This 88-page full-color book is an in-depth reference based on the principles of integrated pest management (IPM). It includes detailed identification information for wasp, hornet, yellow jacket, and bee species. The risk for stings, swarms, and property damage is discussed and non-chemical recommendations are given if action is appropriate. The spiral–bound, 5-inch by 8-inch book is easy to use when scouting for wasps and bees around the landscape, home, school, or business.
Wasp and Bee Management has 60+ color photographs, plus descriptive profiles of over 22 wasp and bee species, detailing habitat, appearance, behavior, risk level, and more. It also includes instructions on trap-assembly, a checklist outlining seasonal management tasks, an appendix to help identify common species and their risk level, and a list of resources for further information.
Table of Contents
About the Author
Chapter 1. Wasps and Bees
Managing with IPM
Inspection and Monitoring
Prevention, Sanitation, and Food Removal
Nest Removal and Exclusion
Insecticides for the Control of Wasps and Bees
IPM Checklist for Wasp and Bee Management
(for Buildings and Grounds)
Wasp and Bee Stings
First Response for Wasp and Bee Stings
Steps to Follow if a Person Is Stung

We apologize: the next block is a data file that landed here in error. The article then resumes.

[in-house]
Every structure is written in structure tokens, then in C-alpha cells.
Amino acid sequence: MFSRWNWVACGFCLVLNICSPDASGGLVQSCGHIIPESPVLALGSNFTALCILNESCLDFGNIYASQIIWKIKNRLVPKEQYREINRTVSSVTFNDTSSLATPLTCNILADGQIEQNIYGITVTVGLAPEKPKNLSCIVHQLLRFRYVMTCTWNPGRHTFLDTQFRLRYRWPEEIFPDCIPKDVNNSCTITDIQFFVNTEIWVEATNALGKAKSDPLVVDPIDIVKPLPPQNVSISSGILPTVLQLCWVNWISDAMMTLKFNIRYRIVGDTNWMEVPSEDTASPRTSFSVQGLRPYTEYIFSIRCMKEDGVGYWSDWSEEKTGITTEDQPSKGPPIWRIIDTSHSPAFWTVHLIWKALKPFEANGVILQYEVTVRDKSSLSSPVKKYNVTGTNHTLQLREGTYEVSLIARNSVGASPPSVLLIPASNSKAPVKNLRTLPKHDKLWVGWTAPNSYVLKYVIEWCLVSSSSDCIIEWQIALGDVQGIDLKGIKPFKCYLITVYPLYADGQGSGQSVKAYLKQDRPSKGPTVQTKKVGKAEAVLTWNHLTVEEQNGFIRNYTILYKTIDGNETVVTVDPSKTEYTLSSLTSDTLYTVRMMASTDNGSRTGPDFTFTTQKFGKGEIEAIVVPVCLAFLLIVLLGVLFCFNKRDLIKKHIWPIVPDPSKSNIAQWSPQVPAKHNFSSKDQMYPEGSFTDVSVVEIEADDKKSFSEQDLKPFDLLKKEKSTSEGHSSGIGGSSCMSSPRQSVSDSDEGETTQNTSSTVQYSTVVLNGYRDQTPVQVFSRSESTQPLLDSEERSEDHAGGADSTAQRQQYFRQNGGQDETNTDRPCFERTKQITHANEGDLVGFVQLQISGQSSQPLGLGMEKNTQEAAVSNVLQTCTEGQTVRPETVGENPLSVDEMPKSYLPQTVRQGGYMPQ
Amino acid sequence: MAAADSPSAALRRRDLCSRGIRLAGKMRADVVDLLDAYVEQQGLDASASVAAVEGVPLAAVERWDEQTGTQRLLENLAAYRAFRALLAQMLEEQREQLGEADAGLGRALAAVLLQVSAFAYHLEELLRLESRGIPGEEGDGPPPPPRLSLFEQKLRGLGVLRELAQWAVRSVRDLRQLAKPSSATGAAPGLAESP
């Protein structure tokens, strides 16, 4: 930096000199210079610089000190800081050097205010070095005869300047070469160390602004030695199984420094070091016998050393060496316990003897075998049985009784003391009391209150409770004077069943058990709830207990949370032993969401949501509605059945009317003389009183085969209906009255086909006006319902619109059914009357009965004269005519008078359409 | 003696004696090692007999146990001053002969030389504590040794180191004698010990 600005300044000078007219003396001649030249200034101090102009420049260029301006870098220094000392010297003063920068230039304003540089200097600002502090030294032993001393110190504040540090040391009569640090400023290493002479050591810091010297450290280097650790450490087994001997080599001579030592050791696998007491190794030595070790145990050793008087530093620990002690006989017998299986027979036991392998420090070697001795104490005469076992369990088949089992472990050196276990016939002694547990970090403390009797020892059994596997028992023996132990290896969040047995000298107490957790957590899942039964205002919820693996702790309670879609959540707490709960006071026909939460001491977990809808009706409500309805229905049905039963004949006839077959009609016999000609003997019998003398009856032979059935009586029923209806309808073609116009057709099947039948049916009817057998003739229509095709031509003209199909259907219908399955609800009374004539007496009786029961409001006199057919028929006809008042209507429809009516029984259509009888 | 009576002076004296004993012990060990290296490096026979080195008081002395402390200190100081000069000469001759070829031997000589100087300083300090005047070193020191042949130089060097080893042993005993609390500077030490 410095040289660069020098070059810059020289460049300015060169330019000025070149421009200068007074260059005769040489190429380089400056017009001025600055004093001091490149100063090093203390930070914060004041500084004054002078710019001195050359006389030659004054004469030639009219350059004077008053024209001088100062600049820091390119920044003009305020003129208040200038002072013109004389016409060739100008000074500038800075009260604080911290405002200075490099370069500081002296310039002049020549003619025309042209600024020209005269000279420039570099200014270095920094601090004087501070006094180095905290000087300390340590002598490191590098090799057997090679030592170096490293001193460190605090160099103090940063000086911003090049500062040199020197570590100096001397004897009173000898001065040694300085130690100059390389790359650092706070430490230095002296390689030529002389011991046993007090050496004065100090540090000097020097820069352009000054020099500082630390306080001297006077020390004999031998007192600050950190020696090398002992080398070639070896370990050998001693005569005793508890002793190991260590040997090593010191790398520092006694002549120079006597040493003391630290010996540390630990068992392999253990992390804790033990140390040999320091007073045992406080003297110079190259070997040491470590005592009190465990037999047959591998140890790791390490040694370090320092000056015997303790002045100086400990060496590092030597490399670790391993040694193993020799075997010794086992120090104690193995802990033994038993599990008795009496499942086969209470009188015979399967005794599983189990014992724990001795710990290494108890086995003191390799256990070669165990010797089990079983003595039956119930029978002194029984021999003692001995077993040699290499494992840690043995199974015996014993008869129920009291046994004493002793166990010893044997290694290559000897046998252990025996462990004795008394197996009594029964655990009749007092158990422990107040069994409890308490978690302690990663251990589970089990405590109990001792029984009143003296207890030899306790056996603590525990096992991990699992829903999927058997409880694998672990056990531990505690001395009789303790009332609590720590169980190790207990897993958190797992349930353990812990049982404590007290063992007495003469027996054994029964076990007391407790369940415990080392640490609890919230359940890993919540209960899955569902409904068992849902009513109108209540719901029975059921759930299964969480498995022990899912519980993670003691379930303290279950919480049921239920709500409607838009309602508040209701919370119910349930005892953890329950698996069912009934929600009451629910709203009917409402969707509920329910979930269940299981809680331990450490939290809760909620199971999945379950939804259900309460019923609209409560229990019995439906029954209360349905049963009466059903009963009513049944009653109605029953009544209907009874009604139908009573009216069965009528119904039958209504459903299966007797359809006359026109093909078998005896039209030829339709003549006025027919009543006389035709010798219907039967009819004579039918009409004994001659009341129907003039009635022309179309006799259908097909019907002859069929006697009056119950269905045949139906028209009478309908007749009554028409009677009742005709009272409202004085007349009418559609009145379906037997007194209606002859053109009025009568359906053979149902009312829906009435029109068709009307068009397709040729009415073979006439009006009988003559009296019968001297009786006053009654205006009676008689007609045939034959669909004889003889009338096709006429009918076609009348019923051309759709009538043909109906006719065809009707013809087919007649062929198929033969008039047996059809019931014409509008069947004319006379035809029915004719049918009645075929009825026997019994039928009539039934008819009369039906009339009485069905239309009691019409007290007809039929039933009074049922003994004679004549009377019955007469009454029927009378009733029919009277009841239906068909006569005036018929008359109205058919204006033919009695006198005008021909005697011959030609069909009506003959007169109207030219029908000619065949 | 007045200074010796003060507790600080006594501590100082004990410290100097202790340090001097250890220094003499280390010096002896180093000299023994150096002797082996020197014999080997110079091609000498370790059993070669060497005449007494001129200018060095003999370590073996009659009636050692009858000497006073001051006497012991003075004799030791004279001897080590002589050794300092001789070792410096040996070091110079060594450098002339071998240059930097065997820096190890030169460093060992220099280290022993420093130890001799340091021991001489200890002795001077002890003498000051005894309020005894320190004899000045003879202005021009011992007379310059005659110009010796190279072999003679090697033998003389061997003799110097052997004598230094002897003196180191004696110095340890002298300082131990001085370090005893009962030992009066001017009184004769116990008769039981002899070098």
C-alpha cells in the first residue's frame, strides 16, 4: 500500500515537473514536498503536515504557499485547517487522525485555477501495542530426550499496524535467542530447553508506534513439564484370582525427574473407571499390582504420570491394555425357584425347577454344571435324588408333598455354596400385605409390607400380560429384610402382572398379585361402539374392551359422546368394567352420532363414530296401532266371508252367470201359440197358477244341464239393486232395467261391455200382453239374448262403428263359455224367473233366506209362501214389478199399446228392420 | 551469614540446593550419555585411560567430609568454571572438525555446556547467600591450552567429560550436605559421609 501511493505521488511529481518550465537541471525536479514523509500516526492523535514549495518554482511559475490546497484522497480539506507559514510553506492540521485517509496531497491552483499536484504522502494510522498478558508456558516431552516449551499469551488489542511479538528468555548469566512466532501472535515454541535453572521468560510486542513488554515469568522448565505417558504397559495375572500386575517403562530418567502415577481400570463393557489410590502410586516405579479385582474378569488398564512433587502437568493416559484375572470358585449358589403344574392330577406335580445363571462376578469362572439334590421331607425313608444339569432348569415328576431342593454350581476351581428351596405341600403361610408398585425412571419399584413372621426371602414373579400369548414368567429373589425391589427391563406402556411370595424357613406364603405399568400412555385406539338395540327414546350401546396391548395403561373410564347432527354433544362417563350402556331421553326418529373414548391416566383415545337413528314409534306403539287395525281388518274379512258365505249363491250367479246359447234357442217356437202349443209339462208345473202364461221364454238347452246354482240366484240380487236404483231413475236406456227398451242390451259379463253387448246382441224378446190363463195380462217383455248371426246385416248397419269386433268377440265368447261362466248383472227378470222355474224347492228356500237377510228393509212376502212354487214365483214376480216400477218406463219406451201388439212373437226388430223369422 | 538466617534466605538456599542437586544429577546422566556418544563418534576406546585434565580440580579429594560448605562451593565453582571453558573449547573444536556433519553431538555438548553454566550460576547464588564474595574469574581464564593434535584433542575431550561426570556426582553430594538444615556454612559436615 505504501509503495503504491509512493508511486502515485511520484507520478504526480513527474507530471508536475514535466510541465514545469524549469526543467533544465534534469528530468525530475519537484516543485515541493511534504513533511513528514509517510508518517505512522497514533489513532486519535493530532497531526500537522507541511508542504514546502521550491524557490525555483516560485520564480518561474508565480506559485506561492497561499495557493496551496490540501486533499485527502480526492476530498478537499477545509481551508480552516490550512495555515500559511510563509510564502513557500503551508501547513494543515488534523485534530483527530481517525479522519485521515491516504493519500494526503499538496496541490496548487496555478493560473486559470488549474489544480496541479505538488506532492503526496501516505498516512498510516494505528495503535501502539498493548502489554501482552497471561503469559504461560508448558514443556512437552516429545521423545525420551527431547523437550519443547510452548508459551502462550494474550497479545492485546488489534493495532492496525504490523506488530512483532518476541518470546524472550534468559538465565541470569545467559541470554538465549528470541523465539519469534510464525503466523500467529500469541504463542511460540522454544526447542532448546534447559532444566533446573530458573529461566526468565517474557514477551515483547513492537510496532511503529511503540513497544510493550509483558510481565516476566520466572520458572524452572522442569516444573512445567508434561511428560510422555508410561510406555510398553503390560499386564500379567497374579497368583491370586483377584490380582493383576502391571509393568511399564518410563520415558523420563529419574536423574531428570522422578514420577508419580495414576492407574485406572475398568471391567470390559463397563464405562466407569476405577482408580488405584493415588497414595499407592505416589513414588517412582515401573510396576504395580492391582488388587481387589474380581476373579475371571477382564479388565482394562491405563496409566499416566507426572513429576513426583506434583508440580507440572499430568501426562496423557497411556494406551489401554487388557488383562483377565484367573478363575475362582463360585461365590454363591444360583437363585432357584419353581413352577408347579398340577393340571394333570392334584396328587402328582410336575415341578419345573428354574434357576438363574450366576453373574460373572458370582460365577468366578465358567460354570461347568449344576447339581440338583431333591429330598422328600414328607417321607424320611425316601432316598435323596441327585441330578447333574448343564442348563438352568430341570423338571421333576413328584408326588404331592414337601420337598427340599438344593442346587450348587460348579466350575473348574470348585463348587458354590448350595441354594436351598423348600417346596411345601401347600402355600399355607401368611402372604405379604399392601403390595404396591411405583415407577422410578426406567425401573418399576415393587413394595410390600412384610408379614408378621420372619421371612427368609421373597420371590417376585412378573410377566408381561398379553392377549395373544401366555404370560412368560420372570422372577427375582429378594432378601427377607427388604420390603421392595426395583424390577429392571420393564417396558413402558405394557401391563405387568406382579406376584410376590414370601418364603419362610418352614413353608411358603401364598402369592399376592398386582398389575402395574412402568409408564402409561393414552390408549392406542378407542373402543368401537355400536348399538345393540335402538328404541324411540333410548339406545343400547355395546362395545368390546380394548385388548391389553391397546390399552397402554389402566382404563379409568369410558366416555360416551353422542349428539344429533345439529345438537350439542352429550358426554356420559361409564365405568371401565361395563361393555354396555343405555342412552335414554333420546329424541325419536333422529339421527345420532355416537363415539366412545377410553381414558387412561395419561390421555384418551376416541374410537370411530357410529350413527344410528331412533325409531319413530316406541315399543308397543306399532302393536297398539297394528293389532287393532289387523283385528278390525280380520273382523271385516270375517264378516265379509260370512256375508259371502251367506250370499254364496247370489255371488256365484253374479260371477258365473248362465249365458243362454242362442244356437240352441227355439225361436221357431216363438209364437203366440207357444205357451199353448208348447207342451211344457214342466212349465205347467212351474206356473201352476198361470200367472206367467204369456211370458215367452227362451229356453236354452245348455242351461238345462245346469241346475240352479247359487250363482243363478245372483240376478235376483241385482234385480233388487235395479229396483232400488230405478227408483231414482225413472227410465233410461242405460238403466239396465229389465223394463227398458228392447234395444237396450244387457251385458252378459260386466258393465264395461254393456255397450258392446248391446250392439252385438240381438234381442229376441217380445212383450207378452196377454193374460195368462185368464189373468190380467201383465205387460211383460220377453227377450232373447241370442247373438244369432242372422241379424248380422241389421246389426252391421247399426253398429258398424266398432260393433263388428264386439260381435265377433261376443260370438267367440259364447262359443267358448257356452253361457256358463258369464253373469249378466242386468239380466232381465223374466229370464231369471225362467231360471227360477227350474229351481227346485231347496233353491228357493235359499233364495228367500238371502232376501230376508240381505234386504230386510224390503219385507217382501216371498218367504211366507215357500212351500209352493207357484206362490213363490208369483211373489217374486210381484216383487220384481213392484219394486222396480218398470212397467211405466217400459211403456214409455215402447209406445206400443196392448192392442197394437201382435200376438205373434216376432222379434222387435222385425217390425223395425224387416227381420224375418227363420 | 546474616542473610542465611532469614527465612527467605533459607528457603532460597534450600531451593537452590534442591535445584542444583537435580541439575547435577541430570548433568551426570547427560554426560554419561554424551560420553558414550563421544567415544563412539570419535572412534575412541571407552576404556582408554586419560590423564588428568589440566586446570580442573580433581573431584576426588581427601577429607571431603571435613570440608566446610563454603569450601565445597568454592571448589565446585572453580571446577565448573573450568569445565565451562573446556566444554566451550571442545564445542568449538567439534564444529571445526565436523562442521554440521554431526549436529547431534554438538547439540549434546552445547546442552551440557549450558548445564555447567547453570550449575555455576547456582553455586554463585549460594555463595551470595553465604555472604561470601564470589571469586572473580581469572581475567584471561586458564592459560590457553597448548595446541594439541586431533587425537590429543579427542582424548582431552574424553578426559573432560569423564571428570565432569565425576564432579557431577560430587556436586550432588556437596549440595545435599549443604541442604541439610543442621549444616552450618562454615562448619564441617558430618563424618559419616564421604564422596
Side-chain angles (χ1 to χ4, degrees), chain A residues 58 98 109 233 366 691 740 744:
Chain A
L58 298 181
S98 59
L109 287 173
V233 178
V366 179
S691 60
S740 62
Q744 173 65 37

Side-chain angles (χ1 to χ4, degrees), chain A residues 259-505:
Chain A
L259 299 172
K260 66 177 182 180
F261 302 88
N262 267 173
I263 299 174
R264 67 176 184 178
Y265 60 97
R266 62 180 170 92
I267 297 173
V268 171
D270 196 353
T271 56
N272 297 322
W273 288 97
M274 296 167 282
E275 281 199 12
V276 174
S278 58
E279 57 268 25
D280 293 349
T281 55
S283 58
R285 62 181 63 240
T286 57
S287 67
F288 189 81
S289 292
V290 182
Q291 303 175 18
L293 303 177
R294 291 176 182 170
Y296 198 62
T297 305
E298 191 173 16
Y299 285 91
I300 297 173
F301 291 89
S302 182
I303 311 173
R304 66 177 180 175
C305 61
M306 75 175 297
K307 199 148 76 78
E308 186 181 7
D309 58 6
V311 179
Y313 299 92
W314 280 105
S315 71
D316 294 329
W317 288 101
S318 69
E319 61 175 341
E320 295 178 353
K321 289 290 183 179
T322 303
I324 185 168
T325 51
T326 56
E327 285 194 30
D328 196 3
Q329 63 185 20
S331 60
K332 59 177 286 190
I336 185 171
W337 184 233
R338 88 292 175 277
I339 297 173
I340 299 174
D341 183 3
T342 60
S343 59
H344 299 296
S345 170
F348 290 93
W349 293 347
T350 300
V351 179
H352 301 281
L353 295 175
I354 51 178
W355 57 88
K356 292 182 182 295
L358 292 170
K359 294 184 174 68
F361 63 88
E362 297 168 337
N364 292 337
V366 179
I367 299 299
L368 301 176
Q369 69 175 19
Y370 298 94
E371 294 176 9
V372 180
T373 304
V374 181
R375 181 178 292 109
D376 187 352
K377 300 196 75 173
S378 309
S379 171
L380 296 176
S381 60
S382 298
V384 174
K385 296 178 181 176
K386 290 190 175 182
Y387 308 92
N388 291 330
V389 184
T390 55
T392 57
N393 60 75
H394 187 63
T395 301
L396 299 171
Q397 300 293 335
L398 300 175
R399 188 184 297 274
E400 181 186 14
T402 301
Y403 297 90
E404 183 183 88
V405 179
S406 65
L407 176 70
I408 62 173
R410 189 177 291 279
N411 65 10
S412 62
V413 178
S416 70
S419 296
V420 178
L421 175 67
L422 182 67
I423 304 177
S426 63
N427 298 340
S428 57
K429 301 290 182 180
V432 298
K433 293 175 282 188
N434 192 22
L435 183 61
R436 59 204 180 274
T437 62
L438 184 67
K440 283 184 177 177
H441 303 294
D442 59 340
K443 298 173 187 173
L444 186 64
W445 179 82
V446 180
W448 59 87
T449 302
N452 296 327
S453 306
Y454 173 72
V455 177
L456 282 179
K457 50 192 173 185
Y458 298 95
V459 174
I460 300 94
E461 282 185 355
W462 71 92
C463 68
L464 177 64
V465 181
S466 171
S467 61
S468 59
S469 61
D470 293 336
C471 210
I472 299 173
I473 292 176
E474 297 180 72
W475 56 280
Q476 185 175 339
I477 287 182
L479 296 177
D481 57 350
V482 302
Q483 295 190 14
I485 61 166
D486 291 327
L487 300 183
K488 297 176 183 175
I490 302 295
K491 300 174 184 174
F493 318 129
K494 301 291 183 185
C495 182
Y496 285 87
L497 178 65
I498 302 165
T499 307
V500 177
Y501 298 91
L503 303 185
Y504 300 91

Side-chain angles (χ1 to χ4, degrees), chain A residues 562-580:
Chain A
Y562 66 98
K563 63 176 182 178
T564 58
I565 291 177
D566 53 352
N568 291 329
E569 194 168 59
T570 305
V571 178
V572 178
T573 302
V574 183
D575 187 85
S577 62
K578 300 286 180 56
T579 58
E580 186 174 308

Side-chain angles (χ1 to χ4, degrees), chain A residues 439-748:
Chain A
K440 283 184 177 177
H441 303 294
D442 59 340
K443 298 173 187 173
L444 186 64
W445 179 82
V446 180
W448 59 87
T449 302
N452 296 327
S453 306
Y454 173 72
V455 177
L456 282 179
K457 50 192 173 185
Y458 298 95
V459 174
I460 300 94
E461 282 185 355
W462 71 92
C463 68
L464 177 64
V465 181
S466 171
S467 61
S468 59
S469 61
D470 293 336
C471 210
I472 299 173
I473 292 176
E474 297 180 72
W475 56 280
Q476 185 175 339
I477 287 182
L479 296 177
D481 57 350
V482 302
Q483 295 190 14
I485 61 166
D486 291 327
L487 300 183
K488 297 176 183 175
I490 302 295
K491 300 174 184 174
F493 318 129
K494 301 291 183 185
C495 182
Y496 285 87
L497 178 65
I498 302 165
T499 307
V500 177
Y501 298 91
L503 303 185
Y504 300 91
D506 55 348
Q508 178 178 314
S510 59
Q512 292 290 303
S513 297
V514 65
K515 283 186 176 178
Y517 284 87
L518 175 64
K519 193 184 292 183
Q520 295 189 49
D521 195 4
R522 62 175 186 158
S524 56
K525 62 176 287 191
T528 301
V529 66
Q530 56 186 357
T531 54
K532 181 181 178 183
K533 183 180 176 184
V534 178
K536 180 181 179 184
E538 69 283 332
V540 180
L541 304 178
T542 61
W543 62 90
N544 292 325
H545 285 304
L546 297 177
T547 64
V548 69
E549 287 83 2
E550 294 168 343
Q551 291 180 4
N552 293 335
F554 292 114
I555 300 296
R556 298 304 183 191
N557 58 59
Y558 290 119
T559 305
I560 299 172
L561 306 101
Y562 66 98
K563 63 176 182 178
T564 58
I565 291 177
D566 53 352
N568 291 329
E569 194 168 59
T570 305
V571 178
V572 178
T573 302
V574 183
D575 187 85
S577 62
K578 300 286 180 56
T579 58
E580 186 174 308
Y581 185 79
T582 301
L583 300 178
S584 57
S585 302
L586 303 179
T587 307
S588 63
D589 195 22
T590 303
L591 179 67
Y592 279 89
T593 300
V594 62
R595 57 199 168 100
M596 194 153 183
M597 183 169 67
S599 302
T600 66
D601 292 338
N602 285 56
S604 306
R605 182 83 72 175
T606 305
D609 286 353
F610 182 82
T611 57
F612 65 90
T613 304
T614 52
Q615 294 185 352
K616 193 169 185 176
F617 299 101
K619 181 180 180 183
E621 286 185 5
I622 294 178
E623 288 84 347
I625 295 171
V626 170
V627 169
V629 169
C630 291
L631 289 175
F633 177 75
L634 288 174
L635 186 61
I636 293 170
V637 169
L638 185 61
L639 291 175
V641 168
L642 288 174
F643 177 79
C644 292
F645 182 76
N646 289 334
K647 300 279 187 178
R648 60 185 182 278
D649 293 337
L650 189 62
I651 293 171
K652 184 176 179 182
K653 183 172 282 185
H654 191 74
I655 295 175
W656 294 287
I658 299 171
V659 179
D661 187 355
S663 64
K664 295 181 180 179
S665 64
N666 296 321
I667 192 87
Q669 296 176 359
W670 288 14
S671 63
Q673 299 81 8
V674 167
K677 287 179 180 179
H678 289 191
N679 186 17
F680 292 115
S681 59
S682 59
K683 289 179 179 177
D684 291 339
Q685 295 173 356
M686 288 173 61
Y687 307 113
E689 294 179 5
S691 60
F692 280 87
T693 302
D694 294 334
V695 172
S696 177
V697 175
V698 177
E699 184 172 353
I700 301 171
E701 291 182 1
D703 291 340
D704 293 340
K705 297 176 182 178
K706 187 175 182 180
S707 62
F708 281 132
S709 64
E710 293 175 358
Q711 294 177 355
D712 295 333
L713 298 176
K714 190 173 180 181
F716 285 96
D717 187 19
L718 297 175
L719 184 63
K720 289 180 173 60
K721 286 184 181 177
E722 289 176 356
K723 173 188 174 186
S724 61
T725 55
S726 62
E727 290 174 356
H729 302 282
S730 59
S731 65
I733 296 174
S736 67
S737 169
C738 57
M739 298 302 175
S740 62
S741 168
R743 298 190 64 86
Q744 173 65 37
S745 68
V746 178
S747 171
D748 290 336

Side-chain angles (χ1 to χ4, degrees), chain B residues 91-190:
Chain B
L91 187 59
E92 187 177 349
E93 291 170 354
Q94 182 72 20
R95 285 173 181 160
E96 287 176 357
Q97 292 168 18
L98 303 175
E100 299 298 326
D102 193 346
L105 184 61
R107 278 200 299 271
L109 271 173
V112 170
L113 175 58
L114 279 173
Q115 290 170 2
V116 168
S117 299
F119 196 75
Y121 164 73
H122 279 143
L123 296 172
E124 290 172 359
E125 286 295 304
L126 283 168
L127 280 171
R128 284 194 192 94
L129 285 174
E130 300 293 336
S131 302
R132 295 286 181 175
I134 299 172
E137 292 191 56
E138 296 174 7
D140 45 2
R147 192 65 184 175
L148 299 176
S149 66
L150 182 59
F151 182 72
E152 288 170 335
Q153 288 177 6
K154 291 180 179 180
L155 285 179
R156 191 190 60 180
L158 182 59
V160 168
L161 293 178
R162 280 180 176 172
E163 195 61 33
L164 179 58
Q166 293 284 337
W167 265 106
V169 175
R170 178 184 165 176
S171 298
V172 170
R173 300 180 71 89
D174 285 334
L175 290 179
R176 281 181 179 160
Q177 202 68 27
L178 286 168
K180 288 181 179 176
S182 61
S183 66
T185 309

Prevention of Wasp and Bee Stings
Chapter 2. Common Wasps and Bees of the
Northeastern United States
Wasps and Bees Are Beneficial Insects
Paper-Nest-Building Social Wasps (High Risk)
Social and Solitary Bees (Moderate Risk)
European Honey Bee
Africanized Honey Bee
Solitary Wasps and Bees (Low or No Risk)
Mud Daubers, Potter Wasps, and Mason Wasps
Eastern Cicada Killer Wasp
Giant Resin Bee
Appendix: Quick ID of Wasps and Bees and Sting Risk Level
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Jody Gangloff-Kaufmann is a Senior Extension Associate with the New York State Integrated Pest Management (IPM) Program at Cornell University and specializes in urban entomology and community IPM. She earned her Ph.D. from the Department of Entomology at Cornell University in the field of agricultural entomology. She was inspired to pursue her degree by Bernd Heinrich’s book entitled Bumblebee Economics.